Publisher – My.com
Price – US $17.99 / EU €17.99 / UK £14.99 / AU $26.95
Release date – April 18, 2017
Move Support – Yes
Pro Patch – Yes
Digital only – Yes
Reviewed on – PS4 Pro
I mentioned only a few reviews ago that there seems to be a lack of turret shooters being released for PSVR and I’m going to assume that Sony read that review and decided to prove me wrong. VR Invaders is your standard PSVR stationary shooter that carries with it a single player campaign and a few other modes to extend playtime. The content here is a little light, but the execution is almost flawless.
Dual wielding has always been my preference in VR shooters, even if that 2nd had only carries a flashlight, or in this case a shield. If you played Unearthing Mars, the 2nd to last level plays identically to what is offered here, only this is way better. You play as Thomas Hall and after being transferred(or diving) to a digital arena to track down a missing programmer. Events occur, forcing you to battle wave after wave of enemy controlled drones to get to your target. One hand always has a weapon, but the other “shield” hand is also used to temporarily dual wield weapons or to use a ridiculously awesome slow motion power. Power ups, health boosts and weapons are offered up, seemingly at random, as you dispatch your robotic foes.
The campaign consists of 8 levels, each broken up by a brief, voice only, narrative. The story is told in these sections as well as in game banter between yourself and a fellow female companion, Ness. The story is intriguing enough, but fairly limited in its execution. In fact, it feels like the story was tacked on after the developer nailed game mechanics, and they NAILED the game mechanics.
VR Invaders exploits all the positives that PSVR has to offer while skirting around its limitations. The action in the game takes place only 180 degrees in front of you and because of this, the action is more focused, and more importantly, gets around the Move controller tracking issues. I never once experienced any loss of tracking, and considering the action takes place high, low and far to the sides, that’s saying something. Along with that is the underutilized motion tracking, allowing you to dodge enemy attacks by moving left or right and ducking.
The visuals here are also top notch. You stand on a small platform, indicative of your movement area, and the levels before range from large silo-like levels while other are a little more open. The action always takes place near to you, but the depth and scale of some of these levels is impressive. Enemies are heavily detailed and come in a wide variety of forms. Each campaign levels consists of a boss battle, some easy, some hard. A cool little addition is how destructible the levels are, this destruction is mostly superfluous; mostly destroying walls and other inconsequential elements. However, some levels’ destructible items actually remove enemy cover, giving you more time to assail the enemy AI.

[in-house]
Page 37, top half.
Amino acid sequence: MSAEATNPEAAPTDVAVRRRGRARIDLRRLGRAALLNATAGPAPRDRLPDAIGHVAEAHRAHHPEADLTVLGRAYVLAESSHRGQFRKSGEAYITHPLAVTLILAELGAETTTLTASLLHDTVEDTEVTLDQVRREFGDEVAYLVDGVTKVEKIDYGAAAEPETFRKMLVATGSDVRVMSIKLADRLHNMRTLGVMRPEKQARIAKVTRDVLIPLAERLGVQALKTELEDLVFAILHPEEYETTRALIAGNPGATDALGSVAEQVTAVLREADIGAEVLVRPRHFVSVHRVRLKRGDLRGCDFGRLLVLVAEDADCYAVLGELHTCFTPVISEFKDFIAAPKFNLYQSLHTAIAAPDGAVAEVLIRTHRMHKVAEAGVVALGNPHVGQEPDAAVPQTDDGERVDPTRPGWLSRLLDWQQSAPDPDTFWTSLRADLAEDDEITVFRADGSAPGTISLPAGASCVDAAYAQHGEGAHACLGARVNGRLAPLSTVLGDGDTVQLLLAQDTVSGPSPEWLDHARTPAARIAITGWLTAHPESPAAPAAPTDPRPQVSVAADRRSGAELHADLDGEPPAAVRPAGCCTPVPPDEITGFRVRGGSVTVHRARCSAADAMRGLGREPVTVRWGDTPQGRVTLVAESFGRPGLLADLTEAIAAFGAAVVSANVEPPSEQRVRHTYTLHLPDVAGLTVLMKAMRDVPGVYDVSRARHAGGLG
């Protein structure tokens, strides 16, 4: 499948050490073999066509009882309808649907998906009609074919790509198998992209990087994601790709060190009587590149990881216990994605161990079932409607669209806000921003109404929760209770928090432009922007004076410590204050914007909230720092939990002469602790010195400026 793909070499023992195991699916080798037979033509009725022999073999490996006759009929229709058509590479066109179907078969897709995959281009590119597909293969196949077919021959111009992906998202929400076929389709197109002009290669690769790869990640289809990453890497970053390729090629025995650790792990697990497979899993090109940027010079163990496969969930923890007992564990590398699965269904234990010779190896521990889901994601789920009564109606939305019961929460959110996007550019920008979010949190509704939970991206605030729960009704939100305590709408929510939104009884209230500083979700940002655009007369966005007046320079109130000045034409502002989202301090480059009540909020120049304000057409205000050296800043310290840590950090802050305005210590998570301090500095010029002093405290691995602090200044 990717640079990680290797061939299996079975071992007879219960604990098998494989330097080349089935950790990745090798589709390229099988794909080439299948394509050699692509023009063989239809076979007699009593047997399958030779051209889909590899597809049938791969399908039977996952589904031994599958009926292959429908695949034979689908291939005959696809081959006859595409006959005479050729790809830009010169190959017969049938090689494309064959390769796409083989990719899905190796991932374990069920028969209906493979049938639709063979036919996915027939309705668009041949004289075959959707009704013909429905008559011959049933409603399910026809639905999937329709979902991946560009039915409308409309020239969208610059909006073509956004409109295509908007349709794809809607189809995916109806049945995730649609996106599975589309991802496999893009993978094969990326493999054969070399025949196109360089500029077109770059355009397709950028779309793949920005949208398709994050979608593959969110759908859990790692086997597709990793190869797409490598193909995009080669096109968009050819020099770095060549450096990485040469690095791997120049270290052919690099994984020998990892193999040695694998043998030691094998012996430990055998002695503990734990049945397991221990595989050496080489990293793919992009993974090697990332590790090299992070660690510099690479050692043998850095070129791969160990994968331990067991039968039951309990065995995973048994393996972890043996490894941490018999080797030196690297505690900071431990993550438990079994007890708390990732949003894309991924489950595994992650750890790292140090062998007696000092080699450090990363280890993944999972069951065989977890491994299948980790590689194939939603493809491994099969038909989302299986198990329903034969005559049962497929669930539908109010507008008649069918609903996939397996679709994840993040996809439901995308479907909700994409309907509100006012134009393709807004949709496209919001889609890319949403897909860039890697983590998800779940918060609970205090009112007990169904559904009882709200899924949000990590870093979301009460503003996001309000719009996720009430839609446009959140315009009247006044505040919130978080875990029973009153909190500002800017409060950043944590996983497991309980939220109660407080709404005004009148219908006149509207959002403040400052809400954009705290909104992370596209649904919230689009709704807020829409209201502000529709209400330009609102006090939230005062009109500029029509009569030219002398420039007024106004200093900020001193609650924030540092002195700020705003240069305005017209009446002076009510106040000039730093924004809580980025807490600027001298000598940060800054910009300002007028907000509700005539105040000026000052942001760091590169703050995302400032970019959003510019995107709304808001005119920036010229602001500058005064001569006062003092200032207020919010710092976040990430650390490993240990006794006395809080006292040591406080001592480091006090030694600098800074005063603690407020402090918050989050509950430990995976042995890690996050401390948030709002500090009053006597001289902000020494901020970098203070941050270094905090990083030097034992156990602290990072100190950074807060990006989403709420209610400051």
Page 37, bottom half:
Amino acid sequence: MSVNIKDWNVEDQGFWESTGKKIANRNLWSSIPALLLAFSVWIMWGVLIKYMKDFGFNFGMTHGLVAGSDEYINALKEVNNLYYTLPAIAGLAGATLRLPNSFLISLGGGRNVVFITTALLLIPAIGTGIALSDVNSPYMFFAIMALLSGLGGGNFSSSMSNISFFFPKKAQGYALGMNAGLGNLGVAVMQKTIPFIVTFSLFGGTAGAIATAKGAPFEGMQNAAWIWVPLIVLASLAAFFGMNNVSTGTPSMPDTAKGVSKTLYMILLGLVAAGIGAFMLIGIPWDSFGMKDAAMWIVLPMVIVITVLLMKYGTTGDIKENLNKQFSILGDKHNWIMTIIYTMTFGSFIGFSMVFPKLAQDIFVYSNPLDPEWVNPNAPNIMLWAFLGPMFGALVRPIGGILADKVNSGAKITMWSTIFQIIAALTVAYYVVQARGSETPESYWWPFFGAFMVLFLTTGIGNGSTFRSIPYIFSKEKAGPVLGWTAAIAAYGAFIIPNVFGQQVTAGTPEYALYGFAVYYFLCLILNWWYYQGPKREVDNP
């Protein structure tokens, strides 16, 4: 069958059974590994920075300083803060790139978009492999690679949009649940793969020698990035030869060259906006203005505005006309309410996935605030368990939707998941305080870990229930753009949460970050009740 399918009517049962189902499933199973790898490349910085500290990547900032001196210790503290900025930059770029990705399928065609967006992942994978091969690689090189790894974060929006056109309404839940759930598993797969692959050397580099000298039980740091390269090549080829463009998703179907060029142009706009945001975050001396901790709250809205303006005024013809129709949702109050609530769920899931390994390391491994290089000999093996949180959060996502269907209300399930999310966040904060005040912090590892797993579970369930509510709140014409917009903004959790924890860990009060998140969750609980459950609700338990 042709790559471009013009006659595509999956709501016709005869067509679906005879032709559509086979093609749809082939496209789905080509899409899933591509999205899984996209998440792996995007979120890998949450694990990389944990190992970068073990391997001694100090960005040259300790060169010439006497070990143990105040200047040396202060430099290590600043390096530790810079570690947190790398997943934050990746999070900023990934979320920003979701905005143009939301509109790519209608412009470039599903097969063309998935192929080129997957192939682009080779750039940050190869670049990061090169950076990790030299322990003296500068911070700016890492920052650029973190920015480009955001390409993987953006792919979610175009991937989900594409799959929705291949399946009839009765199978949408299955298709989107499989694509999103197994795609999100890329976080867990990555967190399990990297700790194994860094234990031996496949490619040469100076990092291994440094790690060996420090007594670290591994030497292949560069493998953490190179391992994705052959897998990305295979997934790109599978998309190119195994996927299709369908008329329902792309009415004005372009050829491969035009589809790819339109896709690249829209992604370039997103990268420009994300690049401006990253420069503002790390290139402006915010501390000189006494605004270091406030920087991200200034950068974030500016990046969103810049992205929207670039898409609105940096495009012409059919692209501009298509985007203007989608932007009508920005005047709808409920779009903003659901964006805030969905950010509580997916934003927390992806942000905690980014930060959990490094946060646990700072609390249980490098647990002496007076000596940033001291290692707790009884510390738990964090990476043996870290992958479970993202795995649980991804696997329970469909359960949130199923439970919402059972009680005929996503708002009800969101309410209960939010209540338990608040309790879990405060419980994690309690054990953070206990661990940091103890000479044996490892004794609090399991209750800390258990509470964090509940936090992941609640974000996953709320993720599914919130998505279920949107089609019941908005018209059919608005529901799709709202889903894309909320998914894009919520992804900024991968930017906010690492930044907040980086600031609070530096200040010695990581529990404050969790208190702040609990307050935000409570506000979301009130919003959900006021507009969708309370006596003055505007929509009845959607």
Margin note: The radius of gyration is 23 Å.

The audio is nothing to write home about. The voice acting is alright, but feels forced as if the actors read their lines randomly, without being told the story or how to relate emotions. It’s not awful, but it is off. The soundtrack as well is forgettable, which is better than being annoying, but doesn’t stand out in any significant way. Sound effects on the other hand are fantastic, every explosion and gunshot carries with it weight to back up the anarchy happening around you.
The other modes present are ‘Survival’ which pits you against successively difficult waves until you die, a standard fare considering the content. The other mode ‘Fire Range’ pits you against an unrelenting assault of mines. The difficulty ramps up fast and the challenge is to last as long as you can, and that won’t be very long, the achievement in this mode is to last 3 minutes, just to give you an idea what you are up against.
This is a shallow package content wise, but that is balanced by the near flawless mechanics. Power-ups abound and switch up your secondary weapon arm accordingly, but your largest advantage is the slow-motion mechanic mentioned earlier. Simply holding down the trigger in your off hand suspends time for a few seconds allowing you to catch your breath and clean up the battlefield a bit. It’s absolutely great to use and will save your butt more than a few times. Any incoming projectiles can be shot out of the air, or your shield can take a hit or 2 before need a few seconds to recharge. The Slo-mo ability is the same giving you only a few seconds before it wears off and requires a recharge, which means you can’t use it for a bit. Every time you slow time impresses and makes you feel all powerful, at least for a few seconds.
This may just be the most competent shooter I have played on VR. My biggest issue is the content available. The campaign, on normal difficulty, can be beaten in just over an hour and on the hardest difficulty is probably unbeatable so if you are looking for a challenge, you’ll find it here. The other 2 modes offer a slight mix up of gameplay, but its ends up feeling repetitious. The campaign does end on a “to be continued” sort of note, but it’s unclear at this time when or if more content is coming. This is still great stuff with the near flawless shooting mechanics, great visuals and a kick-ass slo-mo mechanic all lending itself to be a must-play game and a bar setter for PSVR shooters.
What would I pay? $17.99 is probably perfect pricing for what’s here. You’ll get a few hours of joy out this and the gameplay will call you back more often than you think, just for a round in mode, it’s damned fun!
My.com provided theVRgrid with a review copy of this game and, regardless of our score, we thank them for that!